Études biologiques et comportementales de deux espèces de moustiques (Aedes albopictus et Anopheles arabiensis) vectrices de maladies en vue du développement de la Technique de l’Insecte Stérile (TIS) contre ces vecteurs à l’île de la Réunion

Abstract : Mosquito females are potential vectors of numerous pathogens (viruses, protozoa, helminths), which can cause serious diseases such as malaria and dengue in humans. These two infectious diseases are threatening 50 and 40% of the world population respectively. Malaria is responsible for nearly one million deaths per year, and is considered by many experts as the most important insect-transmitted disease. Antivectorial control methods, intended to limit the vector populations and to stop the disease transmission have to face many challenges such as the development of mosquitoes' and pathogens' resistance to the treatments employed to control them. Although various regions of the world have succeeded in efficiently stopping the transmission of some diseases, most of the tropical regions remain under threat. In addition, the rapid expansion of some vector species, such as Aedes albopictus, increases the risks in previously safe areas of the world. The sterile insect technique (SIT) has allowed the eradication or suppression of various insect pest populations threatening crops, animal, and human health, and could offer a promising control tool against mosquitoes. The classical SIT relies on the mass releases of males sterilized by ionizing radiation;they transfer sterile sperm to wild females, which results in a progressive reduction of the target population.Following the chikungunya outbreak in Reunion Island in 2005 and considering the constant threat of arecrudescence of dengue and malaria, the anti-vectorial services in Reunion Island are deploying important means to control the relevant mosquito populations. However, these measures do not confer a permanent, or long-lasting reduction of vector densities. A feasibility study is ongoing, evaluating the use of the SIT to diminish and control the populations of Ae. albopictus, a vector of dengue and chikungunya, and Anopheles arabiensis, a vector of malaria. This PhD work was developed in the context of the SIT Reunion project, with the aim of studying the biology and the behaviour of some strains intended for the sterile male releases. Firstly, this study endeavours to compare colonized and wild strains of An. arabiensis, and to determine the sterilisation procedures of the genetic sexing strain males. The second part of this work studies the effect of irradiation on male Ae. albopictus, and most notably their reproductive strategy, the insemination capacity in laboratory, and finally their sexual competitiveness and longevity against wild males under semi-field conditions.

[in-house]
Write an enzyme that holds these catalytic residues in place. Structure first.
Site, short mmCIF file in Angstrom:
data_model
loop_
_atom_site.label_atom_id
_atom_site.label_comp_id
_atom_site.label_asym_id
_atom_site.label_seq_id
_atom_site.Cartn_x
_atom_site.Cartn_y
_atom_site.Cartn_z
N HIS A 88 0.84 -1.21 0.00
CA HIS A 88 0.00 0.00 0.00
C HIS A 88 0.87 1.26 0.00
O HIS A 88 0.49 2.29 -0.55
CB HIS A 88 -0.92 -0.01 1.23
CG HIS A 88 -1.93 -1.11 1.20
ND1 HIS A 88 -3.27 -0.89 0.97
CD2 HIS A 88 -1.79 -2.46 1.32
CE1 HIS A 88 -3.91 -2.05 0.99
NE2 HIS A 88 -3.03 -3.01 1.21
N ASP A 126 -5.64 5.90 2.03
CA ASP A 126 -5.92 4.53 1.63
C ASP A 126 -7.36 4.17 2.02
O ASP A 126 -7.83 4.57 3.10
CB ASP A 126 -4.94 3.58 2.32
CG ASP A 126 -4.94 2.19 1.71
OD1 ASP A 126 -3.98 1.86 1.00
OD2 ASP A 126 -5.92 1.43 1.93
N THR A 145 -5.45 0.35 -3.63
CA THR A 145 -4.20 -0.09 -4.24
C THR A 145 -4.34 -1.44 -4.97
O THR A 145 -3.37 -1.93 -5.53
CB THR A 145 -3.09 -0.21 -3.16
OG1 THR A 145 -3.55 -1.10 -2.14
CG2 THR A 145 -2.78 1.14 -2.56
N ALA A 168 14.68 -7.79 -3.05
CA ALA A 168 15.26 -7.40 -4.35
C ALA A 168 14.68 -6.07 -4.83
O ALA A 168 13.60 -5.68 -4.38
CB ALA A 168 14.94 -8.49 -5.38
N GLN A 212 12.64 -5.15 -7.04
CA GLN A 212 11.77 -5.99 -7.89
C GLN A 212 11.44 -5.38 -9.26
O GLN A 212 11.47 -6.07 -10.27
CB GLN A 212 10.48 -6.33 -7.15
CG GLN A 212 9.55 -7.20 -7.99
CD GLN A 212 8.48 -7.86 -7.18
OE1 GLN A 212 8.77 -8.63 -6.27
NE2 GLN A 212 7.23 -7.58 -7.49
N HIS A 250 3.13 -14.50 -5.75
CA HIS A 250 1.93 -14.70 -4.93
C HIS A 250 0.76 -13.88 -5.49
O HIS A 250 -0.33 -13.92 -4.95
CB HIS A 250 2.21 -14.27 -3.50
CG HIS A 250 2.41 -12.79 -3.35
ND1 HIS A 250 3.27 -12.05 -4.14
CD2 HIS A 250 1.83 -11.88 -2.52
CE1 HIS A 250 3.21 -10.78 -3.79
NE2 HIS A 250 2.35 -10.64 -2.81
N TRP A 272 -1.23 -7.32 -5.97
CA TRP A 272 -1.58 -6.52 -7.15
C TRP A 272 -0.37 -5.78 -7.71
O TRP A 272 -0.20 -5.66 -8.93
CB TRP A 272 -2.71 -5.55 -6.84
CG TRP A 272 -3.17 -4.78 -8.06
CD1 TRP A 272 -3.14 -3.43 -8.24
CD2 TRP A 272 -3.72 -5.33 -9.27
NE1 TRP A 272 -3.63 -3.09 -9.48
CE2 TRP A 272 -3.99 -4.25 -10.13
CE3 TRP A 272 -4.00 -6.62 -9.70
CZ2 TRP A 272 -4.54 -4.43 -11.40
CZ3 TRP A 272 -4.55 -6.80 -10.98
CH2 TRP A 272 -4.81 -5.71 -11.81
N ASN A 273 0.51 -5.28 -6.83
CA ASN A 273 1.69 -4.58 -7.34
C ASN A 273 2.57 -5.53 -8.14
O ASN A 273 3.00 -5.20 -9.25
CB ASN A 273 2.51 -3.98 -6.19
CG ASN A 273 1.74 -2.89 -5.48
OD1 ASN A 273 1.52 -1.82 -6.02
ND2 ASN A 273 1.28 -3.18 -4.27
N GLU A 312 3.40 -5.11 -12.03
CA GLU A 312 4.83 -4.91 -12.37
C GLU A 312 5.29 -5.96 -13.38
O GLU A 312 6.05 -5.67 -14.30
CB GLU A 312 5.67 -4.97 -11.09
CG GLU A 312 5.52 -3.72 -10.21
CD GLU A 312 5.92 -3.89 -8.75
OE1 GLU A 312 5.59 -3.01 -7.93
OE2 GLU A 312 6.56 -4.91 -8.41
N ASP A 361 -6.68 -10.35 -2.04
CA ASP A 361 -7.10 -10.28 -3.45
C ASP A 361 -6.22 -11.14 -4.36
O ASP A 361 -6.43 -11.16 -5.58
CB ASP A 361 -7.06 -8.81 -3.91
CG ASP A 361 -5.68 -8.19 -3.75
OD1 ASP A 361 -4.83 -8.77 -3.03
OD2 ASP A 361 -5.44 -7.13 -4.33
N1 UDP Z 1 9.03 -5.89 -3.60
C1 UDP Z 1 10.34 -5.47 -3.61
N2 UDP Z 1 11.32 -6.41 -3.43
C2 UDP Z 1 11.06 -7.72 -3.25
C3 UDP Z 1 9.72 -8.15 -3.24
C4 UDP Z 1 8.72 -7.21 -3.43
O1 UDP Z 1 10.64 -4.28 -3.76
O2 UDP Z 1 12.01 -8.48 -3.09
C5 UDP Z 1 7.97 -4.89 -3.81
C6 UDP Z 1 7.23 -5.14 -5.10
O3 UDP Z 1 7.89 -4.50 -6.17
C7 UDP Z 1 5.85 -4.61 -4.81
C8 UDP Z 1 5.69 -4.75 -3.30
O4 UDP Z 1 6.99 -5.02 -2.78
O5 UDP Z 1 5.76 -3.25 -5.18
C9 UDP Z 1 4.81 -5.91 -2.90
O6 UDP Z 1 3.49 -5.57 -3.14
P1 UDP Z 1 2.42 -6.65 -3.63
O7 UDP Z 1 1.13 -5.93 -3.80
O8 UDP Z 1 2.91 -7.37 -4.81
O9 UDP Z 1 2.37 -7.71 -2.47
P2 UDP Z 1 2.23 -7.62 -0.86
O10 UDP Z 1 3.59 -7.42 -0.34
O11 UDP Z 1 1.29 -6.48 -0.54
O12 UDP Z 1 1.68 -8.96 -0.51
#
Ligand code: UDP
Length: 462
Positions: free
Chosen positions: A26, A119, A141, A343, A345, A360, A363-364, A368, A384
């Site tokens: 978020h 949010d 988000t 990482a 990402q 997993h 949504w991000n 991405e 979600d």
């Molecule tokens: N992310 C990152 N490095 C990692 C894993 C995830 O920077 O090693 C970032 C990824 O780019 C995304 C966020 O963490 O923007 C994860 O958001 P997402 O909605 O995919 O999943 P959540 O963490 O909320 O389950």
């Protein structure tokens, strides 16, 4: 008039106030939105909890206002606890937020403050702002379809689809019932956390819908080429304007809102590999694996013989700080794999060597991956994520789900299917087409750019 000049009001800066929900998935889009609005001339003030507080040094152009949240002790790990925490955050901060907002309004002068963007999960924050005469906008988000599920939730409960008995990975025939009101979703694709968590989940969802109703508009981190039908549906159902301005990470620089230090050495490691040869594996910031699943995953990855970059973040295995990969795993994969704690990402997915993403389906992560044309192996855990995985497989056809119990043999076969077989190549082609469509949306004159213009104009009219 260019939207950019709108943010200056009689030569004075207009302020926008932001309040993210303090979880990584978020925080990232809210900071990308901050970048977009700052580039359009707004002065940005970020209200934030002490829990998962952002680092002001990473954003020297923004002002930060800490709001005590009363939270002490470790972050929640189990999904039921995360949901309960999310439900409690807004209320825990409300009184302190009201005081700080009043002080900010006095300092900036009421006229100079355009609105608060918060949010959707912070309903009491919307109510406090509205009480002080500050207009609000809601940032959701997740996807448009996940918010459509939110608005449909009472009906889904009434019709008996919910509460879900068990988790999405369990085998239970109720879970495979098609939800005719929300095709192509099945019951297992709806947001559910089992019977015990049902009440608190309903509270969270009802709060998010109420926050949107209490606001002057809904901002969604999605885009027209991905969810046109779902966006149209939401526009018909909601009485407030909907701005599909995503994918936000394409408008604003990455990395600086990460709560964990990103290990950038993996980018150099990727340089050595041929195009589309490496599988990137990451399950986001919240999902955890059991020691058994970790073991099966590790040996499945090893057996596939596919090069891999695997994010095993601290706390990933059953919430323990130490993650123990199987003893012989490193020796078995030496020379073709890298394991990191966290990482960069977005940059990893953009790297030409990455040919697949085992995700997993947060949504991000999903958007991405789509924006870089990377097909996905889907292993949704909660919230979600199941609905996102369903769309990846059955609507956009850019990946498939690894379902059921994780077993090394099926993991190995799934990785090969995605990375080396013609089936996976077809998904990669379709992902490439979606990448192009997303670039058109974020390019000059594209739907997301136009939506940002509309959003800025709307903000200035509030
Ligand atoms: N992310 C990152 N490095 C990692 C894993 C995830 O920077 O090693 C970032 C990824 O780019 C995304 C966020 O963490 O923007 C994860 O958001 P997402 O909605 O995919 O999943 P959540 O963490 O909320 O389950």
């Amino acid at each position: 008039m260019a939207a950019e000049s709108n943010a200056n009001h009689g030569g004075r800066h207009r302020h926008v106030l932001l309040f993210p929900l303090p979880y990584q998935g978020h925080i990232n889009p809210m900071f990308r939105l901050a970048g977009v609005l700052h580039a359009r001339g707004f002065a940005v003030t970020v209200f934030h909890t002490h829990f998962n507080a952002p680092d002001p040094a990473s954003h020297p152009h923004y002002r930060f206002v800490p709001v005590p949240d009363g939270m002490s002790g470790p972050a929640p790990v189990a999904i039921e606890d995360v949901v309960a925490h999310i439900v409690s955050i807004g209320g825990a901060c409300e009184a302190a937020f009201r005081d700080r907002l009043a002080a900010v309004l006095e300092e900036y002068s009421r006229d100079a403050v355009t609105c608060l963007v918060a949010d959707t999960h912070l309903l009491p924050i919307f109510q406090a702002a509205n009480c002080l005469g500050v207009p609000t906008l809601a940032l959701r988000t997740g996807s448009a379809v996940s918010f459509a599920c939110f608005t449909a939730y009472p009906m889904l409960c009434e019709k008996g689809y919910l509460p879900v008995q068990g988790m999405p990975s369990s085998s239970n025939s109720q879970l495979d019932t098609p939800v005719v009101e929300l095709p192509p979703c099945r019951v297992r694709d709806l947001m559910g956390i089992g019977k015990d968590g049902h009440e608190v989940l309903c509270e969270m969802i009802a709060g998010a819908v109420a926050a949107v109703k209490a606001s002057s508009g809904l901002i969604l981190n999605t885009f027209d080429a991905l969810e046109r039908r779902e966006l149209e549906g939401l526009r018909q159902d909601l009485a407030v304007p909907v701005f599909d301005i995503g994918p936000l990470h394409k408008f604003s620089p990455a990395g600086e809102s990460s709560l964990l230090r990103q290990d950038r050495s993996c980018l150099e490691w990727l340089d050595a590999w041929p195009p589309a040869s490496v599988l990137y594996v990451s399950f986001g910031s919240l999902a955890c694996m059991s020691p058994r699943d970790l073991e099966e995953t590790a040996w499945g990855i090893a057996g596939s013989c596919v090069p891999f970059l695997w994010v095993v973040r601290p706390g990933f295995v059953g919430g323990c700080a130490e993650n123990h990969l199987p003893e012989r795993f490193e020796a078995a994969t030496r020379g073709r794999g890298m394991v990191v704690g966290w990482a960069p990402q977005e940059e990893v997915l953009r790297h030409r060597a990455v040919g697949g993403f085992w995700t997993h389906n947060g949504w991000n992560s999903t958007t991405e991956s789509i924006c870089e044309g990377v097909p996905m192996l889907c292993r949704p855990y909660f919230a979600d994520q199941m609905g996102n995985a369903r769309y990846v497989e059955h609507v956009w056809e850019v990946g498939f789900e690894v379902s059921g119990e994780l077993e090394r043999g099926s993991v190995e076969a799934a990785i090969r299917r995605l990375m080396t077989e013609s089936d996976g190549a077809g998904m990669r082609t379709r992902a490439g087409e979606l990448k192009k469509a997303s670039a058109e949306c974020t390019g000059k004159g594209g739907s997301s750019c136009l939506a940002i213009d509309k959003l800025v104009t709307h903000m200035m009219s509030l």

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Clélia Oliva. Études biologiques et comportementales de deux espèces de moustiques (Aedes albopictus et Anopheles arabiensis) vectrices de maladies en vue du développement de la Technique de l’Insecte Stérile (TIS) contre ces vecteurs à l’île de la Réunion. Sciences agricoles. Université de la Réunion, 2012. Français. ⟨NNT : 2012LARE0008⟩. ⟨tel-00965525⟩

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